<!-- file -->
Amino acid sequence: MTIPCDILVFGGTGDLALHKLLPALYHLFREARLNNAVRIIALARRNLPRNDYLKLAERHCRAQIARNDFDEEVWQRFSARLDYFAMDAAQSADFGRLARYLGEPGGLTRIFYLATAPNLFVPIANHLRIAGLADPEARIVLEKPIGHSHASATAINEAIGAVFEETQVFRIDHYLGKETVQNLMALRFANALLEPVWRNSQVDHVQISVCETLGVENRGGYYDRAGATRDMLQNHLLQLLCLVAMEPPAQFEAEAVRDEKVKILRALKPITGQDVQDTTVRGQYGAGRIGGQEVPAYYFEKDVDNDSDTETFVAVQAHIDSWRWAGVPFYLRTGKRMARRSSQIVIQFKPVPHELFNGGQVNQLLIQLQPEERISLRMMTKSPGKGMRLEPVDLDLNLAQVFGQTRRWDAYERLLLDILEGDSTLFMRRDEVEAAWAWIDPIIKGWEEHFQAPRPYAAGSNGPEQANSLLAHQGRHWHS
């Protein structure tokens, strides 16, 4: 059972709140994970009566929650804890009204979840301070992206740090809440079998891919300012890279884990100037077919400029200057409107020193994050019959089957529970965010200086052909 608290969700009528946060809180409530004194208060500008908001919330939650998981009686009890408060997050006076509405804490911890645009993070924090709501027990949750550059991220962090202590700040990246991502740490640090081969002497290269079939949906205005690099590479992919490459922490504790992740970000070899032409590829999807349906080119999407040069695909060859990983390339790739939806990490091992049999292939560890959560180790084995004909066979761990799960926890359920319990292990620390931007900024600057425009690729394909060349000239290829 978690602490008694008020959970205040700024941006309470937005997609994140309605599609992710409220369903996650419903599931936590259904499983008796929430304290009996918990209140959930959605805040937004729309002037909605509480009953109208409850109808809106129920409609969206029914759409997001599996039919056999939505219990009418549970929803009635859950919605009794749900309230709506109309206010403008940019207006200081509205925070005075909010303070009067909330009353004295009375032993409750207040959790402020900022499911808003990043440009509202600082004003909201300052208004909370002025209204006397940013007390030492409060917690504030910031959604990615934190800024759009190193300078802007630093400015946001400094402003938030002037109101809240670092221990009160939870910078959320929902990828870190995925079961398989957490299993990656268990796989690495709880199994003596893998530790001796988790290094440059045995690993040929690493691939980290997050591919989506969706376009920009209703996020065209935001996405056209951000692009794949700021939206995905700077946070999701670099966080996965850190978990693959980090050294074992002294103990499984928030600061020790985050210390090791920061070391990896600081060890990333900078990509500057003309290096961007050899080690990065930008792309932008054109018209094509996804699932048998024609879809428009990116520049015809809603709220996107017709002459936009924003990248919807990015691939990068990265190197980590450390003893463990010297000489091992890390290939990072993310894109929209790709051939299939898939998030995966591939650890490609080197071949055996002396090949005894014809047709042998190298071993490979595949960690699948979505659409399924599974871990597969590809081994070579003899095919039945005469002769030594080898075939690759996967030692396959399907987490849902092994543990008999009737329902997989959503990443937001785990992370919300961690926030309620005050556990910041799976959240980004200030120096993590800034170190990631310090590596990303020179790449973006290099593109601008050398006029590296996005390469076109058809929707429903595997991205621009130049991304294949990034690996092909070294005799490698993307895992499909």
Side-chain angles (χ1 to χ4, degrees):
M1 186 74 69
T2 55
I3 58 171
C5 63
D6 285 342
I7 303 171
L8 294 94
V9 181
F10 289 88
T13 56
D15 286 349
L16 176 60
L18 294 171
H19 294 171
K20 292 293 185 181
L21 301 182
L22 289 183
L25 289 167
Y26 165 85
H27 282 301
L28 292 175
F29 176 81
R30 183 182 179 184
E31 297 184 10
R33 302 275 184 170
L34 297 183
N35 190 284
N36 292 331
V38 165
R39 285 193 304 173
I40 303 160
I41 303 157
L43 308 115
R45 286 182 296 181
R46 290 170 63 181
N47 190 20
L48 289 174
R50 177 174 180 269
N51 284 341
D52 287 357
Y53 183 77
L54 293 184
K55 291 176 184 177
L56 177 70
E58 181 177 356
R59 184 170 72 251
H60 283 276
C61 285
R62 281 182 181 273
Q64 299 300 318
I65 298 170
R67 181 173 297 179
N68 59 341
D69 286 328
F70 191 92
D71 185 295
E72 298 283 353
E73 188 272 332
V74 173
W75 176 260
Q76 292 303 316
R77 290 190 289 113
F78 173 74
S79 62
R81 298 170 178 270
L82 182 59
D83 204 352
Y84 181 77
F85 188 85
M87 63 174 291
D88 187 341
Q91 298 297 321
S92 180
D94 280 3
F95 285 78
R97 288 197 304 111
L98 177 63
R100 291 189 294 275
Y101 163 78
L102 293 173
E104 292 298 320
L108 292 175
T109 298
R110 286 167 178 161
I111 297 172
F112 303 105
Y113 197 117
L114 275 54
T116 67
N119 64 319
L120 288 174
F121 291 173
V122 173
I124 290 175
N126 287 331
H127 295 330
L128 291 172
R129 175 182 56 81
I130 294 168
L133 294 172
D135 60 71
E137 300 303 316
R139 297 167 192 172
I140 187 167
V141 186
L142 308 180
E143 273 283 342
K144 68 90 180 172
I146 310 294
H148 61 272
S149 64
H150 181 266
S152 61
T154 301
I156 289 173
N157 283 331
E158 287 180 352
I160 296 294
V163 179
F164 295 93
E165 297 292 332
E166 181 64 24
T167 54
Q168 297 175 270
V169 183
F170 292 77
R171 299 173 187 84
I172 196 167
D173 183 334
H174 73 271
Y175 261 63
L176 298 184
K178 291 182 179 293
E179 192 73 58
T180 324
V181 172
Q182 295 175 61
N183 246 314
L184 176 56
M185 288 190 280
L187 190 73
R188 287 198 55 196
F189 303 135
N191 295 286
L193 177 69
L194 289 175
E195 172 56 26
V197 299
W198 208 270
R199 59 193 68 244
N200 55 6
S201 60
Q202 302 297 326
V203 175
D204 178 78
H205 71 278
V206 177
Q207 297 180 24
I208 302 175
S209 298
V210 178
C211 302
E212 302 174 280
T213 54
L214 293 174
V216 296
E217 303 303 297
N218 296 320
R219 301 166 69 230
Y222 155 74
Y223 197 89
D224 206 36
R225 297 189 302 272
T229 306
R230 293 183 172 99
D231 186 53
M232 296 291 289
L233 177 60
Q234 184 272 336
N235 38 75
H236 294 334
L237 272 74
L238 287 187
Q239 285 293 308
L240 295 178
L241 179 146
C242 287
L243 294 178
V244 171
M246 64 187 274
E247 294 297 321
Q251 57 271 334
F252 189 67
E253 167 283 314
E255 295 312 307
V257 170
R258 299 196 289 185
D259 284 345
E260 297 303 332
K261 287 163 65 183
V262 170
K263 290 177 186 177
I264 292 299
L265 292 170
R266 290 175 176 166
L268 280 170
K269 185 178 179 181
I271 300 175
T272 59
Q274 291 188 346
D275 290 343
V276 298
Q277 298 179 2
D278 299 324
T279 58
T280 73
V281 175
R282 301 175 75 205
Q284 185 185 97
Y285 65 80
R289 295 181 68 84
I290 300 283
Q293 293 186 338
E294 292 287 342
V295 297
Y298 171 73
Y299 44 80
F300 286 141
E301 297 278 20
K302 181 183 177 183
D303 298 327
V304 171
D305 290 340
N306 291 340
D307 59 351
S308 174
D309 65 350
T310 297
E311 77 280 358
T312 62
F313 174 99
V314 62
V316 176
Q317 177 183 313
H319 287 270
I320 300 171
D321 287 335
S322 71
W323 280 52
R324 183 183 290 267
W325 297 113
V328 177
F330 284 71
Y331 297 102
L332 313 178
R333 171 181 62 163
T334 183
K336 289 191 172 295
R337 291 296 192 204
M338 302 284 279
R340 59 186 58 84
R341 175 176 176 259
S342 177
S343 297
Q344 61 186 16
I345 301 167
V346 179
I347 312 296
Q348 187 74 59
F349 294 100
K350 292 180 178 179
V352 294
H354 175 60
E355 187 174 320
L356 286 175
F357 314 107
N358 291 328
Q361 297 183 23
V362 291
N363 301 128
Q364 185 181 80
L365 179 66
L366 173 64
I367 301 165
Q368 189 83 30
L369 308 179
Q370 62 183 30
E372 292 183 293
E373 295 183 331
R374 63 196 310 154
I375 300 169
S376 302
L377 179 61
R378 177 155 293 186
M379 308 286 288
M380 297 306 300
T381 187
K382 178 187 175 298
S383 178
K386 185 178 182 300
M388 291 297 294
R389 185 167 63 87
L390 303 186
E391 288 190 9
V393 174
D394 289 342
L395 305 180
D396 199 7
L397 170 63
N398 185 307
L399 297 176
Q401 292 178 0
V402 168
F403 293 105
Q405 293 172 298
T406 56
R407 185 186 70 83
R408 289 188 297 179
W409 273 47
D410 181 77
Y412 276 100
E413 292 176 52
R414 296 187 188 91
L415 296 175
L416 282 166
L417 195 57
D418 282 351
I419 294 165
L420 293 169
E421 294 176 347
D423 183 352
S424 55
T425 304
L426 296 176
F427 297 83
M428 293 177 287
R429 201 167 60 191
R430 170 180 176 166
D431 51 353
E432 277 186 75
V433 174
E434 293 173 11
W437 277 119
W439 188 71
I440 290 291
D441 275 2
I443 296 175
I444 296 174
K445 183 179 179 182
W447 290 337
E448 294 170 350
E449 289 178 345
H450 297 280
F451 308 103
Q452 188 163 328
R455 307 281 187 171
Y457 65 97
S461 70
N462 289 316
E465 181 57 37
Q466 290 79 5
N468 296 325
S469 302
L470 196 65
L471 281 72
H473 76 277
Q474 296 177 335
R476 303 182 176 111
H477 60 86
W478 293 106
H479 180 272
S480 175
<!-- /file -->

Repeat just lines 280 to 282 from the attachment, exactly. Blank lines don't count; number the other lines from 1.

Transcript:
N358 291 328
Q361 297 183 23
V362 291